By: Jane Rohde

There are two major certifications that have been garnering a lot of buzz lately in the health and wellness design space: WELL Building Standard® and FitwellSM. As a designer, you’ve probably heard about both. But what are they and which one might be the right fit for the work you’re doing today or your next project?

Here’s the high-level look:

  • WELL Building Standard is primarily medically driven
  • FitWel is focused on public health issues

Let’s look a little more at each.

WELL Building Standard is designed to provide guidance for health and wellness in building construction and interior spaces. And scientific, medical, behavior, and environmental health factors were taken into account during its development. Research was used to support the desired credits (versus using the research to develop the criteria).

WELL Building offers a certification that incorporates concepts that relate to air, water, nourishment, light, fitness, comfort, and mind. The credits are listed, however, as preconditions and optimizations. This means, for example, that under “air” there is an optimization credit, toxic material reduction, that uses a red list approach that deselects materials based on concern about a chemical in its pure state (as opposed to allowing materials based on their overall effectiveness, application, and final state as a finished product).

Evaluating products should use risk and exposure in conjunction with the appropriate application to better understand the overall product formulation from a life-cycle perspective. While vinyl wall covering contains vinyl chloride, for example, that chemical is harmless in the finished product. Vinyl wall covering, meanwhile, is easy to clean and an ideal material often specified for healthcare facilities.

Another challenge for architects and designers seeking WELL Building certification is that, like LEED, it’s based upon square footage. This makes it expensive to achieve and tends to be used for higher-end construction projects. The proposed 2.0 version is looking at the affordability in addition to some of the preconditions moving into optimizations (prerequisites to options).

Finally, it is important to note that although often called a standard, WELL Building is technically a guideline, in that it was peer reviewed but not developed using an all-stakeholder ANSI consensus process.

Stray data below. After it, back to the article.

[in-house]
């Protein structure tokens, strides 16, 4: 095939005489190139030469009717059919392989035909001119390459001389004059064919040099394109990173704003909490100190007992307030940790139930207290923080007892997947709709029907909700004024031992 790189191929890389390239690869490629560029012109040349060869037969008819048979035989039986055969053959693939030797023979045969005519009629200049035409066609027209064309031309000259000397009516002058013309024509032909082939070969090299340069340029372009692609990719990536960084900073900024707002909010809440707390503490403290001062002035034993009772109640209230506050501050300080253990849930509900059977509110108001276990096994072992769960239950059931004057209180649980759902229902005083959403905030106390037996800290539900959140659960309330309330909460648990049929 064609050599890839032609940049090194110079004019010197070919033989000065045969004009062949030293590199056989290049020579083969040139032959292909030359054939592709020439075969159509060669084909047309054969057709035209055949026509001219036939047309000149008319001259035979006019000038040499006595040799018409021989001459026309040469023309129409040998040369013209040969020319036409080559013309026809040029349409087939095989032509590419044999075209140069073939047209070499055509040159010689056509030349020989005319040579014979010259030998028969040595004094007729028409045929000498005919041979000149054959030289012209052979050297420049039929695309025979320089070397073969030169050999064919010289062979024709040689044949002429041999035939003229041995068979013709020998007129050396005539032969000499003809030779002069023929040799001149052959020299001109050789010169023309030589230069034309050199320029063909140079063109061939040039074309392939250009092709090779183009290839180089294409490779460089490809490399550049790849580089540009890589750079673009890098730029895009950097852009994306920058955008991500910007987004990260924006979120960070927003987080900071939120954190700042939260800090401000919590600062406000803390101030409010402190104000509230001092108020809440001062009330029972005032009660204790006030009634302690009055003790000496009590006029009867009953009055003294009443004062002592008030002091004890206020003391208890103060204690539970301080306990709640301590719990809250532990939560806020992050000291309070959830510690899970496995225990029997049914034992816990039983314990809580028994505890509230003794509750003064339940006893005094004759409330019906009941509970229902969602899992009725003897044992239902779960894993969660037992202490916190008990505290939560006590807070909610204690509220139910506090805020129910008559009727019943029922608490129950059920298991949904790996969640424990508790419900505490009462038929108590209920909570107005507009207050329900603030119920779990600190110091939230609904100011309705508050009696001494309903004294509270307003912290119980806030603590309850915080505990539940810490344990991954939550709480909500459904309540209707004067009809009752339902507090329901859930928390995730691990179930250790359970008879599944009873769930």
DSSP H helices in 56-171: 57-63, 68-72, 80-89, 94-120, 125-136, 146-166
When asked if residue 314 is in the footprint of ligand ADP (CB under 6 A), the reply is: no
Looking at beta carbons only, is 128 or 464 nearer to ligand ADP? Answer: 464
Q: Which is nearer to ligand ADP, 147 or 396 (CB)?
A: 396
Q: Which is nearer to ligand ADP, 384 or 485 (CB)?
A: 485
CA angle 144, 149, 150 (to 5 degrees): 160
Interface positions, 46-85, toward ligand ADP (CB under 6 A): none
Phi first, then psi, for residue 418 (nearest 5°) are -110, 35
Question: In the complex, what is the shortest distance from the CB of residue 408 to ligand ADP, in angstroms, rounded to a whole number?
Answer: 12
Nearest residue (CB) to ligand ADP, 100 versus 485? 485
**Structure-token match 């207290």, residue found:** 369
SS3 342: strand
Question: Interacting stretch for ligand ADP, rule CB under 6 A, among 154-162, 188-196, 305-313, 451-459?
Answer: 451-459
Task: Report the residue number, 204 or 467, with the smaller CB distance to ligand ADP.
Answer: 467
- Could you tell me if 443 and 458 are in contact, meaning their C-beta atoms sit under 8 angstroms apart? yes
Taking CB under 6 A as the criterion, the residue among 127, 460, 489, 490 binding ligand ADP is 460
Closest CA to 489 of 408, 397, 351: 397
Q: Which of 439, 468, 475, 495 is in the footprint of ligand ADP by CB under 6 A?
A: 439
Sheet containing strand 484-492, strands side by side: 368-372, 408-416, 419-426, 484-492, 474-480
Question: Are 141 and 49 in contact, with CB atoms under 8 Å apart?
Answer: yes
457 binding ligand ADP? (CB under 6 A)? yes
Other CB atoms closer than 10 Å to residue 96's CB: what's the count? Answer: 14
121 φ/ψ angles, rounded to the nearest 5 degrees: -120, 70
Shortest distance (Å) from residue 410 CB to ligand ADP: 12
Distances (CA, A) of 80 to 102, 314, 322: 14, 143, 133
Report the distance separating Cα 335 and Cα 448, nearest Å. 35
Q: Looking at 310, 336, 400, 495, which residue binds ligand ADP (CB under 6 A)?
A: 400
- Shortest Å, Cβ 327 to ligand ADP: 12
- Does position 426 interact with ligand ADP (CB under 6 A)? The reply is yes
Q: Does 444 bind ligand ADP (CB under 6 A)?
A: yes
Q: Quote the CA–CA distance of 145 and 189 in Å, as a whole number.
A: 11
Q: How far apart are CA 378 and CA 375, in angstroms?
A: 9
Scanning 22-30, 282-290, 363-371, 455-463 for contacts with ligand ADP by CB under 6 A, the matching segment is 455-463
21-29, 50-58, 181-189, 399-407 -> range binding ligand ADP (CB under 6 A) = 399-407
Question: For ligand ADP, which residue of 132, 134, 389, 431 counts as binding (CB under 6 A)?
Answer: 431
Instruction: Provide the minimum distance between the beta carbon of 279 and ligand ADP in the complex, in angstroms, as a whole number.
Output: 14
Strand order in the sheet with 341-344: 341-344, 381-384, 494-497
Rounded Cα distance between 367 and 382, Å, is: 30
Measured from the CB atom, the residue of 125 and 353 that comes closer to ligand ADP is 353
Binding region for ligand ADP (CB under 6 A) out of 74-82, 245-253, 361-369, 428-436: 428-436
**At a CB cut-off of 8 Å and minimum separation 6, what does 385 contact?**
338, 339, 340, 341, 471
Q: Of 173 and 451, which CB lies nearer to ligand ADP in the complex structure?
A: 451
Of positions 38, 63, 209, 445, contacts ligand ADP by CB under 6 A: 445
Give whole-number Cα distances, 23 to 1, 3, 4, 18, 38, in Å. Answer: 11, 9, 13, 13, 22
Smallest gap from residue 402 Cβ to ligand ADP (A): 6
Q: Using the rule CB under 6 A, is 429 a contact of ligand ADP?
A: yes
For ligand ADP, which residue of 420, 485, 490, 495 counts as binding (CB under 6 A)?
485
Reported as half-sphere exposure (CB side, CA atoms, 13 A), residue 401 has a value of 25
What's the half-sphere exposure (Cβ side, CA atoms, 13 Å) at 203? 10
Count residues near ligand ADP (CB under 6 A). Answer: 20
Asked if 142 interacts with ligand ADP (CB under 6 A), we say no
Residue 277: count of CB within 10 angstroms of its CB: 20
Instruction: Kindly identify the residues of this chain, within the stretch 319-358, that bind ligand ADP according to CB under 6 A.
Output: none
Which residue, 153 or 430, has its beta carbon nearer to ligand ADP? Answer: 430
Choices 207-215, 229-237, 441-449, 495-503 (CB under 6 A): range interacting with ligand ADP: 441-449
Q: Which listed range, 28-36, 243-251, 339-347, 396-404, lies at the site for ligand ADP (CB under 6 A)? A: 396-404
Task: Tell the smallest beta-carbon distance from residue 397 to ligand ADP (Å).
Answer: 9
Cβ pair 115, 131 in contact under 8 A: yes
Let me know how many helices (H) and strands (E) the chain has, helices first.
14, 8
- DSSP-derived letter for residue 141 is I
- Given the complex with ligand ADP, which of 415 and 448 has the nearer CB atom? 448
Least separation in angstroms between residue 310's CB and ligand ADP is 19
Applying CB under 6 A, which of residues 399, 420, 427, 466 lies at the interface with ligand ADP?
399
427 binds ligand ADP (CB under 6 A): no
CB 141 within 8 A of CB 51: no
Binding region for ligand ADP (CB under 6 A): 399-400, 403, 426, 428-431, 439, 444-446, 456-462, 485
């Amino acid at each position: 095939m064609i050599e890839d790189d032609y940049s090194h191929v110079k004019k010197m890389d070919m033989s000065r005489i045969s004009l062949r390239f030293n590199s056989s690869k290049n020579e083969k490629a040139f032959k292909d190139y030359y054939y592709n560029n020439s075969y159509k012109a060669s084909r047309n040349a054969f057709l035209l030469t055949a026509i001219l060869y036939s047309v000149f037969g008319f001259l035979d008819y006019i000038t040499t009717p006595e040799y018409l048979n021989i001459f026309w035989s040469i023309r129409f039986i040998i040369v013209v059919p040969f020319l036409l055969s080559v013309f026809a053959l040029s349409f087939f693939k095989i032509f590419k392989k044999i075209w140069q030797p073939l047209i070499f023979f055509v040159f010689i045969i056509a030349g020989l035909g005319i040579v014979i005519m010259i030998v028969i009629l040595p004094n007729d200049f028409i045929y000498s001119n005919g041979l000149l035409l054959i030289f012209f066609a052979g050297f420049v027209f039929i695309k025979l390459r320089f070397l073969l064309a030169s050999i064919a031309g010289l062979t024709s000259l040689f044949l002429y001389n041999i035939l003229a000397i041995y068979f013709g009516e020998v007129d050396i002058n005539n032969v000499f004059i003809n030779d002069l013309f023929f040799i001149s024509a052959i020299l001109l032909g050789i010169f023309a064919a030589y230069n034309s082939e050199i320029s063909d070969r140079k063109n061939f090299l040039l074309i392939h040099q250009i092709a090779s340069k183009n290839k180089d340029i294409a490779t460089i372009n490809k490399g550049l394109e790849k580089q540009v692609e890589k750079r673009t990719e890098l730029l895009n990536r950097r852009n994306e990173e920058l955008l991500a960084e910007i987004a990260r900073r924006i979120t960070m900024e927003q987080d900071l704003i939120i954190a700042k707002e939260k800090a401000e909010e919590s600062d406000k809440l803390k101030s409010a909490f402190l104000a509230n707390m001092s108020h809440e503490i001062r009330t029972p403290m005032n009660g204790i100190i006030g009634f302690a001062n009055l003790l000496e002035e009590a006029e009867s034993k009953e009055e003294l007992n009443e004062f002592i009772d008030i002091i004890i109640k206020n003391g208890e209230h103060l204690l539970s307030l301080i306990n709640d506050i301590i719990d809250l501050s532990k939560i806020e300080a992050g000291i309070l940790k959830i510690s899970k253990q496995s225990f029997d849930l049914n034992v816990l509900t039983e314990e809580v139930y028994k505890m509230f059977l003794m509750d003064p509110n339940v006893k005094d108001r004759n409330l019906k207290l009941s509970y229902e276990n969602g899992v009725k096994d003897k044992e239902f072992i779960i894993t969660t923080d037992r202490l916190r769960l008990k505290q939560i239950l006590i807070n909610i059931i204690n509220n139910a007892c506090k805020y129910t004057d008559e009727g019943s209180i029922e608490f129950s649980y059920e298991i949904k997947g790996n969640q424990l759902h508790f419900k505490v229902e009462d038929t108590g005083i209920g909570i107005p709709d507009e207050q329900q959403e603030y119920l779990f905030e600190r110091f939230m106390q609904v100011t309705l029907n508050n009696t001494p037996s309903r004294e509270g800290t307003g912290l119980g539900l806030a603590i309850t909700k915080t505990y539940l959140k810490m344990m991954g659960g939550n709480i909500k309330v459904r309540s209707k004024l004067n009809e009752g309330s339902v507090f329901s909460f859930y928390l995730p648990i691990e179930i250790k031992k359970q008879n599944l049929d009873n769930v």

FitWel is also designed to achieve health and wellness in building construction and interior spaces. Unlike WELL Building, which takes a proscriptive approach (i.e., do this to achieve our certification), FitWel’s approach is to let you mix and match strategies to evaluate where you currently are and how to continue to improve (i.e. better public health).

FitWel was created as a joint initiative between the U.S. Centers for Disease Control and Prevention (CDC) and the General Services Administration (GSA) in conjunction with experts in public health and design. It is evidence-based guidance in that the criteria were provided by the scientists at CDC to determine what would most significantly impact public health outcomes.

This is an important distinction: FitWel is directly based upon the evidence versus developing credits and then finding evidence to support the credit after the fact. Deselection methodologies are not included in FitWel because the science is not there to support a red list approach to product selection. Fitwel was piloted by GSA on a portion of their portfolio, including rural, urban, and suburban buildings of difference shapes, sizes, and uses.

FitWel offers three levels of certification that measure success in achieving “evidence-based design and operational strategies that enhance building environments.” The 55+ strategies fall into seven health impact categories that include community health, physical activity, occupant safety, and reducing morbidity and absenteeism. In other words, using design in conjunction with operations are tools for the betterment of public health.

An example of FitWel’s approach in action is its recent partnership with lender Fannie Mae, which is aimed at encouraging healthy affordable housing. Loan recipients whose buildings achieve FitWel certification are eligible for reduced interest loans and reimbursement of the certification fees. FitWel’s affordability is another key attribute to the use of a health and wellness certification system by a larger portion of the real estate marketplace.


The article can be found on Vinyl In Design's website.

AuthorJane Rohde